For each region of interest 86', 88' and 90' in the resulting image 62, an integrated signal is also calculated, block 95 in FIG. 2B, from the gray scale intensity values of each pixel 54 within each of the regions of interest. The integrated signal 95 is the sum of all gray scale pixel values within the boundary of each of the regions of interest 86', 88' and 90'.

In accordance with the present invention, a defect signal is calculated, block 96 in FIG. 2B, from the symmetrical coefficient 92 and the integrated signal 95 for each region of interest 86', 88' and 90'. The defect signal 96 is referred to as AHAT (a) and is calculated in accordance with the following equation: AHAT+(Symmetrical Coef.)α ×(Integrated Signal)γ ×(Area of Region)β

where α, γ and β are determined by applying the method of the present invention to test parts or samples having defects of known dimensions and shapes formed therein to provide sufficient detection sensitivity, at a desired POD and confidence level, with the minimum number of false calls or indications that a defect is present when not. Values of α=1, β=1/4 and γ=1/4 were determined empirically to provide superior detection results when detecting defects in dovetail slots as small as about 4 mils with a POD of about 95% and a confidence level of about 50%. The defect signal 96 or AHAT is compared against a reference value or POD threshold, block 97 in FIG. 2B, and the component is rejected if AHAT exceeds this reference value, block 98. If the POD threshold is not exceeded then a determination is made as to whether all slots 14 have been inspected, block 99. If additional slots 14 need to be tested, the process described hereinabove is repeated to inspect the next slot, block 100, until all dovetail slots 14 of disk 12 have been designated as the test slot 60 and have been inspected. A slot 14 which has already been scanned but was previously selected as a reference slot, blocks 58 and 64 of FIG. 2A, would not necessarily have to be scanned again in the interest of efficiency. If all slots 14 are inspected without AHAT exceeding the POD threshold then the component 12 is accepted, block 101.

Values for AHAT have been computed for various known defect or crack lengths in mils, predetermined probabilities of detection (POD) and confidence levels for different materials. The AHAT values have been plotted against the crack lengths to provide standard POD curves or graphs for different materials for use in the industry. As an example, a POD curve 102 for inspecting dovetail slots made of Rene 88 is shown in FIG. 8. Thus, the defect signal or A}{AT calculated in block 96 can be plotted on a POD curve, similar to graph 102, for the particular material and component under inspection according to the estimated length of the crack as determined from the length of the suspected defect region as measured from the resulting image 62 shown in FIG. 7. Therefore, if the AHAT value is on or above the curve 102 shown in FIG. 8 then the component 12 is rejected; if AHAT is below the curve 102 then the next slot 14 is inspected until all the slots 14 have been tested. If all slots 14 pass, then the component 12 is accepted. For example, assume that AHAT for region 90' in FIG. 7 is calculated to be about 4,000 using the equation indicated hereinabove; additionally, assume that the crack length within the region of interest 90' is estimated from the resulting image 62 to be about 5 mils. This corresponds to point 104 in FIG. 8 which is greater than the POD curve 102; therefore, the component would be rejected.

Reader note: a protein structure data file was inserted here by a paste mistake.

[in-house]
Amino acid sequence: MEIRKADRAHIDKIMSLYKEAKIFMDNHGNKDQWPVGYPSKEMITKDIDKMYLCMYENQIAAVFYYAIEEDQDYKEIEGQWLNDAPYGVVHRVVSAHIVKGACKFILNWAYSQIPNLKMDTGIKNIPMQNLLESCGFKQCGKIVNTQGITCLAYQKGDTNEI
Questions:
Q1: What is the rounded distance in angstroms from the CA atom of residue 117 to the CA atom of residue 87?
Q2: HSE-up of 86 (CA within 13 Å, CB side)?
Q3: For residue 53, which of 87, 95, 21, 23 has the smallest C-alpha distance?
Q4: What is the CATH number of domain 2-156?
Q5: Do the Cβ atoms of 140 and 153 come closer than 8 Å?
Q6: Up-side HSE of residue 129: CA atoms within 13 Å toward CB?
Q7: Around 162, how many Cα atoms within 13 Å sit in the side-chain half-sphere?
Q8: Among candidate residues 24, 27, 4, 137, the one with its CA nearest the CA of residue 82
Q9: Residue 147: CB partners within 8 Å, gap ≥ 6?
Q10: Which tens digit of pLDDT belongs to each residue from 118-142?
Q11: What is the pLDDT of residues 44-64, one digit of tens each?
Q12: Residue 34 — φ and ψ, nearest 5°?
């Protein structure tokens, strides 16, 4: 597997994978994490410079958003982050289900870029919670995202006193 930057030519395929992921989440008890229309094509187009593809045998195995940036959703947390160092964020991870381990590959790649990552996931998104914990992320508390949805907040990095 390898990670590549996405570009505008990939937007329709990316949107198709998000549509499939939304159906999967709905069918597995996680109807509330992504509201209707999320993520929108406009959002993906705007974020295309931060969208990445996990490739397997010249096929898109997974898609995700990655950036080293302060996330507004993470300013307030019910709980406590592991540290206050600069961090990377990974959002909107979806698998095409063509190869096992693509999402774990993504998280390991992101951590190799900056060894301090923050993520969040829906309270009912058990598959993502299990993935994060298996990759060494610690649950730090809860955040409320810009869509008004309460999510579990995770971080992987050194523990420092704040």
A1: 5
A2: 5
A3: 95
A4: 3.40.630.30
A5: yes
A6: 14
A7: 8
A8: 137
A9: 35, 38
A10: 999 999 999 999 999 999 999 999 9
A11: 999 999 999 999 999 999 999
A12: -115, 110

While the present invention was described with respect to inspecting dovetail slots formed in a disk of a gas turbine engine, those skilled in the art will readily recognize that the present invention is not limited to inspecting dovetail slots but that the invention can be applied to inspect any conductive workpiece with a complex geometric shape. Applying the method of the present invention, after scanning the workpiece under inspection with an eddy current probe to generate an image responsive to the eddy currents induced in the workpiece, the difference between a reference image of a workpiece having substantially the same geometric shape and the generated image of the workpiece under inspection is taken to provide a resulting image in which signals caused by geometrical characteristics and background noise, common to all of the similarly shaped workpieces, are substantially reduced or cancelled out. In accordance with the method of the present invention, the resulting image may be converted to a binary image to facilitate identification of any suspected defect regions and a defect signal may be determined for each suspected defect region from a stored version of the resulting image. The workpiece is rejected if the defect signal exceeds a predetermined reference value.

Different embodiments and adaptations of the present invention besides those shown herein and described, as well as many variations, modifications and equivalent arrangements will now be apparent and will be reasonably suggested by the foregoing specification and drawings, without departing from the substance or scope of the invention. While the present invention is described herein in detail in relation to its preferred embodiments, it is to be understood that this disclosure is only illustrative and exemplary of the present invention and is made merely for purposes of providing a full and enabling disclosure of the invention. Accordingly, it is intended that the invention is limited only by the spirit and scope of the claims appended hereto.